Q: My father recently died, and friends and family members have come by the house to ask for his things. I don’t even know some of these people. How do I deal with this?

I say call bullshit and keep everything. Here's why.

Immediately after a death is just an unfair time for people to come to you with these demands. I encourage you to create some space for yourself to give thoughtful consideration to these requests. If you can't handle the pressure at the moment, then say that. I would just say “Hey, can we connect on this later? I’m not in a place right now to deal with it.”

What you need to know about this uncomfortable situation is that you have the control. You may not feel like you do, but the fact that they are asking you proves the point.

You need to able to give full and careful consideration to the issue, and make the decisions that you want to do, not that you feel forced to do. If you are feeling pushed or unsure, that's an indication that you need more time. Trust your gut. Ultimately, these assets are in your possession. You control where they go. You are probably still thinking of those things as “his,” and of course you want to honor his wishes. But the fact is--and I say this gently--he’s no longer alive and so these aren’t his things anymore. They belong to his heirs, and it sounds like that’s you.

It’s highly possible that your father never made those promises in the first place. Do your visitors have anything written or recorded on that item being theirs? If not, it’s heresay.

In that case, this might actually be a cool opportunity to hear some stories about your dad that would be really great to know. So, ask questions about the item. Take control of the situation and participate in a discussion. Maybe your father’s friend spent months helping him rebuild the engine on that ‘62 powder-blue Corvette, helping him source parts, and after beers one night your grateful dad said the car would go to him. That would be a story you want to hear.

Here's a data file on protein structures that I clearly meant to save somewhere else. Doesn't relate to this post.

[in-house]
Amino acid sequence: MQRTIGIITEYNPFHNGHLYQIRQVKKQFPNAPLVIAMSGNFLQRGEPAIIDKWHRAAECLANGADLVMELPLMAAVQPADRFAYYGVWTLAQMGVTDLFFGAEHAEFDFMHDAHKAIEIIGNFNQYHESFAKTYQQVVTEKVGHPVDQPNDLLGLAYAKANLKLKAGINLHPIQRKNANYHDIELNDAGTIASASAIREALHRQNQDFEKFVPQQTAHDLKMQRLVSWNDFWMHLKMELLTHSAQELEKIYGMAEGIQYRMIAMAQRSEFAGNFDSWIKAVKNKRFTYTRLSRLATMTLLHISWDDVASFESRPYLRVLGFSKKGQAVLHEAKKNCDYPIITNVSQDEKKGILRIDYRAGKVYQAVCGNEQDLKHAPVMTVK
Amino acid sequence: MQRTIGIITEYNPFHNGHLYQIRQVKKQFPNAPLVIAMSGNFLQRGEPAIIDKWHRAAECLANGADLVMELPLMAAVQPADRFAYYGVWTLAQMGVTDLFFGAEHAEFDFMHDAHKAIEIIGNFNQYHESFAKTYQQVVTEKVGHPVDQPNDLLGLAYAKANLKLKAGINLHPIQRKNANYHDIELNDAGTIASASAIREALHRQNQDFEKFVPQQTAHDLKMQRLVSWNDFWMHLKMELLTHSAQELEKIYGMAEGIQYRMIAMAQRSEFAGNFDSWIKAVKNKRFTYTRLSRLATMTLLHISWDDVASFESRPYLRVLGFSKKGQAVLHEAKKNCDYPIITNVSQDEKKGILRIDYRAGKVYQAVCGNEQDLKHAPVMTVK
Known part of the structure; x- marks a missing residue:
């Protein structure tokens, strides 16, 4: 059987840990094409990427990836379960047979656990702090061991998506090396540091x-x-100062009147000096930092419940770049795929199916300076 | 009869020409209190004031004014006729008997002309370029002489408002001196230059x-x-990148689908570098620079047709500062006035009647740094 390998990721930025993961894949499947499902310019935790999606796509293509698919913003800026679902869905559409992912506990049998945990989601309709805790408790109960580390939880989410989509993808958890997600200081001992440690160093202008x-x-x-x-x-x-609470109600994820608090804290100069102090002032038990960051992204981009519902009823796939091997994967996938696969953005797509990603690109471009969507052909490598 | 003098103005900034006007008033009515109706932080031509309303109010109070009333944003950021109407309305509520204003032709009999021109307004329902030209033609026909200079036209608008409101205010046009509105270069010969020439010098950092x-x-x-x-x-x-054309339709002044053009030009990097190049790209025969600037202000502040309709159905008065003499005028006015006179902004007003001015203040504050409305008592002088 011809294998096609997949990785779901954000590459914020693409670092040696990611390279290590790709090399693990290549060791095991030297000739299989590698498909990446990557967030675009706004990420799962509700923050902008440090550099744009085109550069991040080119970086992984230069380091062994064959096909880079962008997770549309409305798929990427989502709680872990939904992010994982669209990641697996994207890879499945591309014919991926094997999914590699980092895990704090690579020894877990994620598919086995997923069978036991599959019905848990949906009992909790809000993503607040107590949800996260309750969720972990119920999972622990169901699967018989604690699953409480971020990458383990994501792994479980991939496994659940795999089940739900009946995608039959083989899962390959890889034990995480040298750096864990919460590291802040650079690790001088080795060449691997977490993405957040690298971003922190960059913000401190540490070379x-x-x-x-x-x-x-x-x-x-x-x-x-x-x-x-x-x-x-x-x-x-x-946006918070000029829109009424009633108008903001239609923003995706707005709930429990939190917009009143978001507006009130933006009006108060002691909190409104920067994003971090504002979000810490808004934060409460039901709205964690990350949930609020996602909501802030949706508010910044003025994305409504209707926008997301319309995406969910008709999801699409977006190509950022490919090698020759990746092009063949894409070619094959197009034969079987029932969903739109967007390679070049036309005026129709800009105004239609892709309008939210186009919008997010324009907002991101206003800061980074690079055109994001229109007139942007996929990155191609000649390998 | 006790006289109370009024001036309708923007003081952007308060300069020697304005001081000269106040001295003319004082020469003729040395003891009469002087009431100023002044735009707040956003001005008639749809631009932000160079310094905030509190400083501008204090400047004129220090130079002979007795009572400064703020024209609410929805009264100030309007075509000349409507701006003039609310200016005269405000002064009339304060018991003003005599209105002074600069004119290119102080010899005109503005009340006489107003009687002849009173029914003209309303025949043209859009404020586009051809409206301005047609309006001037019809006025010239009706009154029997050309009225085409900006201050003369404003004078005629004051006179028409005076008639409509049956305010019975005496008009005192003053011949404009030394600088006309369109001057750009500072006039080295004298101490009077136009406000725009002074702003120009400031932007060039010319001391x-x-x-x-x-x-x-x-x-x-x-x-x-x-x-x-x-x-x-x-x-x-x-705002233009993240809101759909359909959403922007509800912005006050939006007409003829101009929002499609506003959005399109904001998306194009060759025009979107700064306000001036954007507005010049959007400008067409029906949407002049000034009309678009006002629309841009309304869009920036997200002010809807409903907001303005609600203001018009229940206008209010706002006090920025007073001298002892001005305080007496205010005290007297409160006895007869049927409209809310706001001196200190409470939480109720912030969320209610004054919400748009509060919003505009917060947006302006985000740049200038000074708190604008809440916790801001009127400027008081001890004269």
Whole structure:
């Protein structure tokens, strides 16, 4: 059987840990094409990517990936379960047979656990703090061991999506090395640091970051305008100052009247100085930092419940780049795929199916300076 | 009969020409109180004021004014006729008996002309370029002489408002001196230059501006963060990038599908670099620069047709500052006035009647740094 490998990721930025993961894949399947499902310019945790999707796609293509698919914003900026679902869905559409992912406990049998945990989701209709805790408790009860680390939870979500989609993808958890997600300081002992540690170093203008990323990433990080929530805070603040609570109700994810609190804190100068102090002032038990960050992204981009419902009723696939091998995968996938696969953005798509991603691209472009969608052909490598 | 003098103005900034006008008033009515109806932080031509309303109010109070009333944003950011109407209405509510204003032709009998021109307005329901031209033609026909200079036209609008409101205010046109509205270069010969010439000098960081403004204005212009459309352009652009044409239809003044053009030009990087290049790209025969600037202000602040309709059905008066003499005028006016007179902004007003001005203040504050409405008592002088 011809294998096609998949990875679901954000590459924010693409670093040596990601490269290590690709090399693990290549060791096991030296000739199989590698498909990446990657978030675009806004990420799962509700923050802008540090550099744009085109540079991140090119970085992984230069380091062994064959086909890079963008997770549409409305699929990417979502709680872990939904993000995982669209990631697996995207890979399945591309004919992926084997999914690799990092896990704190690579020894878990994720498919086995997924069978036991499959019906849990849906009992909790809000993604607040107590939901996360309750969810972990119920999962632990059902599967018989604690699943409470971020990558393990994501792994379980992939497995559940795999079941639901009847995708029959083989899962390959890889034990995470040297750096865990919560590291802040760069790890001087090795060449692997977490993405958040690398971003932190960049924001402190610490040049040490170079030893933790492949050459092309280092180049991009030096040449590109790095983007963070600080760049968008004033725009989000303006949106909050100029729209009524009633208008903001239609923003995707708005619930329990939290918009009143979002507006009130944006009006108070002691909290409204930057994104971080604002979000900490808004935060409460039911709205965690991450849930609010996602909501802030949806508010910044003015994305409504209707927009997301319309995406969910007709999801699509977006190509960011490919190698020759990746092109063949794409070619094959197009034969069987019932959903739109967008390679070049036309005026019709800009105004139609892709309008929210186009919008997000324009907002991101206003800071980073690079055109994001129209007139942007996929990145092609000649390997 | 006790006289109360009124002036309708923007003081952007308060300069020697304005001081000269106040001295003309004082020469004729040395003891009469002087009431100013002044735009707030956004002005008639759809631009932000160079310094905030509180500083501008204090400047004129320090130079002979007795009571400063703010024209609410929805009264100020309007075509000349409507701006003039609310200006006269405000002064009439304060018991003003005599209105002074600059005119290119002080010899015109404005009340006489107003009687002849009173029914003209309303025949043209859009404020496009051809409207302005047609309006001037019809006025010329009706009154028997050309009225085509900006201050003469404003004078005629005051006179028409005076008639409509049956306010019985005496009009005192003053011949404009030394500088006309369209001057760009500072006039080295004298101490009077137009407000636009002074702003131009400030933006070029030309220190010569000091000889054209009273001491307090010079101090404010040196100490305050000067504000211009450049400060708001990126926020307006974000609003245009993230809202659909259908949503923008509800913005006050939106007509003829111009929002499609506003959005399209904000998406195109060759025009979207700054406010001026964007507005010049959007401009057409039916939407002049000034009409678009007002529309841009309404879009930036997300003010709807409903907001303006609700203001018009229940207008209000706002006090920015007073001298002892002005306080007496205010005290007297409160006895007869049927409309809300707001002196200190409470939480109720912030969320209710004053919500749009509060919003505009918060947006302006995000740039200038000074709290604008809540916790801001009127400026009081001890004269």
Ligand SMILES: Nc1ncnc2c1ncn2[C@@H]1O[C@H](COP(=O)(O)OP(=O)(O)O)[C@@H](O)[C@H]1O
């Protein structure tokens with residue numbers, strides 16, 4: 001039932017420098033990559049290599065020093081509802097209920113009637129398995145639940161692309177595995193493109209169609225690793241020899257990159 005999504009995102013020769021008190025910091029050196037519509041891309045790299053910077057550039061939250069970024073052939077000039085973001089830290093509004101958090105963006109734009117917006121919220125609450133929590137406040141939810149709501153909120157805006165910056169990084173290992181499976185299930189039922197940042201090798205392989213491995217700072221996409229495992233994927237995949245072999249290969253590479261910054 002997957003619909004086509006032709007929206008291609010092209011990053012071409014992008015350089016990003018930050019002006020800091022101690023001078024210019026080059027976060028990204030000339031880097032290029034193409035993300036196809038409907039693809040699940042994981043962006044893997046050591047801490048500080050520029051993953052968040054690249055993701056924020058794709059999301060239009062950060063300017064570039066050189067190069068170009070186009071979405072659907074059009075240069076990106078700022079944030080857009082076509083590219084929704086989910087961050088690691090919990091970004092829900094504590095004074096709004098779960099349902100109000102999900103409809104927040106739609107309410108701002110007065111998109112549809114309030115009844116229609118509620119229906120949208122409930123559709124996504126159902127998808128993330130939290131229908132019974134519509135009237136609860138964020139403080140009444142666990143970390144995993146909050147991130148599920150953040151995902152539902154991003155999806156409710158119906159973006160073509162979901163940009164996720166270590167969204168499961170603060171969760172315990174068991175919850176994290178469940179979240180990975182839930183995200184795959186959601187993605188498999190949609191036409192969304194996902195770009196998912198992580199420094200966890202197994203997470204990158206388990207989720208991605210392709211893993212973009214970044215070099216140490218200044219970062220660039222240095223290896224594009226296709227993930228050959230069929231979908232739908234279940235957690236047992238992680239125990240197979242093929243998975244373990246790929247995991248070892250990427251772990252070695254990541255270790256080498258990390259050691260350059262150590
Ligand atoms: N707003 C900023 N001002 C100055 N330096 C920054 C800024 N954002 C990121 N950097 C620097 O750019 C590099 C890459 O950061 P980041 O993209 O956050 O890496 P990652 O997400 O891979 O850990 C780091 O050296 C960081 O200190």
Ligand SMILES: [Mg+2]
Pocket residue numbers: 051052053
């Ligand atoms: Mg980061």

Even if your father did make verbal promises, that doesn’t mean that you need to give these things away. Maybe your father had no idea what he was giving up, or maybe he was depressed. If he was suffering from a terminal illness he may not have been in his full right mind.

Know that there are also legal components to giving away items from your father’s house. Who is in control of the estate? Legally, that person is responsible for all items being documented for the probate process, before anyone starts divvying them up.

So, I say hang onto everything for the moment. It’s far harder to convince someone you made a wrong choice and you want an item back than it is to tell them, “This is going to stay with us for now.” Take your time and don’t let anyone rush you. Nobody ever regrets a thoughtful decision. 


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At Wayforth we work with families in transition. We can empty an entire house within days, sorting what items to keep, sell, donate, and discard. Our employees pack and move everything, then prepare the house for sale. Call us for a free consultation.

Our advice is based on our experience cleaning out and settling estates for our clients. Each project is different, and each state's laws are different. We always recommend that you consult personally with experts about your particular situation before making any important decisions.